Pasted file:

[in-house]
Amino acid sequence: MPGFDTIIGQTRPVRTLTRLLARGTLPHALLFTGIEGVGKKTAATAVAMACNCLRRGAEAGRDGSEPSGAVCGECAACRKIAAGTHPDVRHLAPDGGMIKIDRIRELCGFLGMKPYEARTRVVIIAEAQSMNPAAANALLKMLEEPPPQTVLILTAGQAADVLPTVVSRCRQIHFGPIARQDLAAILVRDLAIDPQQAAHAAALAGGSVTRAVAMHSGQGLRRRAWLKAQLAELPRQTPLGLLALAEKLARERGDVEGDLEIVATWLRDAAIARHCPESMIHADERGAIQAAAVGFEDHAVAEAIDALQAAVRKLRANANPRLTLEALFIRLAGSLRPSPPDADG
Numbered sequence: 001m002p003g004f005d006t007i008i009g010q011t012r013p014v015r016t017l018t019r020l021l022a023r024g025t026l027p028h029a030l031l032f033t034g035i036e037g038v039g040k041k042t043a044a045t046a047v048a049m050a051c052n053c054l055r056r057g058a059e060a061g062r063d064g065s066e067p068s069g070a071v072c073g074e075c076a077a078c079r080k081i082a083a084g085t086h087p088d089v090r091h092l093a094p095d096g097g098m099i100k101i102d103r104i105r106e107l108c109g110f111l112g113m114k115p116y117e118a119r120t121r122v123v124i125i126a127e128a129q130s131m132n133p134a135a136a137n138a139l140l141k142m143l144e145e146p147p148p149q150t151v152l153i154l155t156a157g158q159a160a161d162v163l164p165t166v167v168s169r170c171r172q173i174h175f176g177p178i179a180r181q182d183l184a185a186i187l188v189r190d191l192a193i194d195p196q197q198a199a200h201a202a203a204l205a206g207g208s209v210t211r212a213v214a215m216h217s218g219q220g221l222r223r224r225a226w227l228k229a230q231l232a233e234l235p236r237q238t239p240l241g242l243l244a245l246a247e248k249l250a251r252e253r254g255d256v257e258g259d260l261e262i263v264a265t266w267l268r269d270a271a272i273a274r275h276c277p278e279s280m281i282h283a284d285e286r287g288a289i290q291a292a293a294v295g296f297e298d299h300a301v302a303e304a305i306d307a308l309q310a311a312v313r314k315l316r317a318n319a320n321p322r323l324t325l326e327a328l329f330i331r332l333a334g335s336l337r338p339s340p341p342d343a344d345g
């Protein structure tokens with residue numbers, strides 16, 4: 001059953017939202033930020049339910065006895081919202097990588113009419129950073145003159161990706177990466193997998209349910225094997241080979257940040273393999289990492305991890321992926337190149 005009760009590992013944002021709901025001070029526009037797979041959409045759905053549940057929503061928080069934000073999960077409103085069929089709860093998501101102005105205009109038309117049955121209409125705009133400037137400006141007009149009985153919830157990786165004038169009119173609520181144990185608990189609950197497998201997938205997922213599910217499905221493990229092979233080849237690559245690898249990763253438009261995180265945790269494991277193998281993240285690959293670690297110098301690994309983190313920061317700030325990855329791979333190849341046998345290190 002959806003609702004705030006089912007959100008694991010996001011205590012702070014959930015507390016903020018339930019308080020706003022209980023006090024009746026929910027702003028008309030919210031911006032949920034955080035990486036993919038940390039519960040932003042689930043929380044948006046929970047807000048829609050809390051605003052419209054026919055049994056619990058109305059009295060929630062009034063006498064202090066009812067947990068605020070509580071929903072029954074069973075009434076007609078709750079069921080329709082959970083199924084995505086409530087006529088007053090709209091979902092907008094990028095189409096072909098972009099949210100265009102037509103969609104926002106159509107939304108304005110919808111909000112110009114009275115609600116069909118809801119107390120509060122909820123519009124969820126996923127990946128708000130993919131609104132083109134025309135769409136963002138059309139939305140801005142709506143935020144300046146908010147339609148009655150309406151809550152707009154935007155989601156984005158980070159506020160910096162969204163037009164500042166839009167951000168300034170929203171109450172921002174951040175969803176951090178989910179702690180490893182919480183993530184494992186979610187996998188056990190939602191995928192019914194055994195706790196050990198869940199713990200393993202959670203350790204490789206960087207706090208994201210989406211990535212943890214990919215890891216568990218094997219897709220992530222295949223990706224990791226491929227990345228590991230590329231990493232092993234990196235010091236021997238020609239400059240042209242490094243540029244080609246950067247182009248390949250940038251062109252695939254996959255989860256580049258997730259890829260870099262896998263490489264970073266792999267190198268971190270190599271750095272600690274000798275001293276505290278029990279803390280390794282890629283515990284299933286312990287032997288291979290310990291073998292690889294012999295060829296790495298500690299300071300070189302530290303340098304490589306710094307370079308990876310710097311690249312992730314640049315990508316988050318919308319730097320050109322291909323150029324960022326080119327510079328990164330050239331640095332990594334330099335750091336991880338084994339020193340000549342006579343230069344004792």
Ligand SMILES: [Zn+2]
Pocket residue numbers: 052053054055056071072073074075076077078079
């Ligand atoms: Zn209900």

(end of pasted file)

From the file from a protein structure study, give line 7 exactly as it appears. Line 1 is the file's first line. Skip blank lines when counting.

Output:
């Ligand atoms: Zn209900």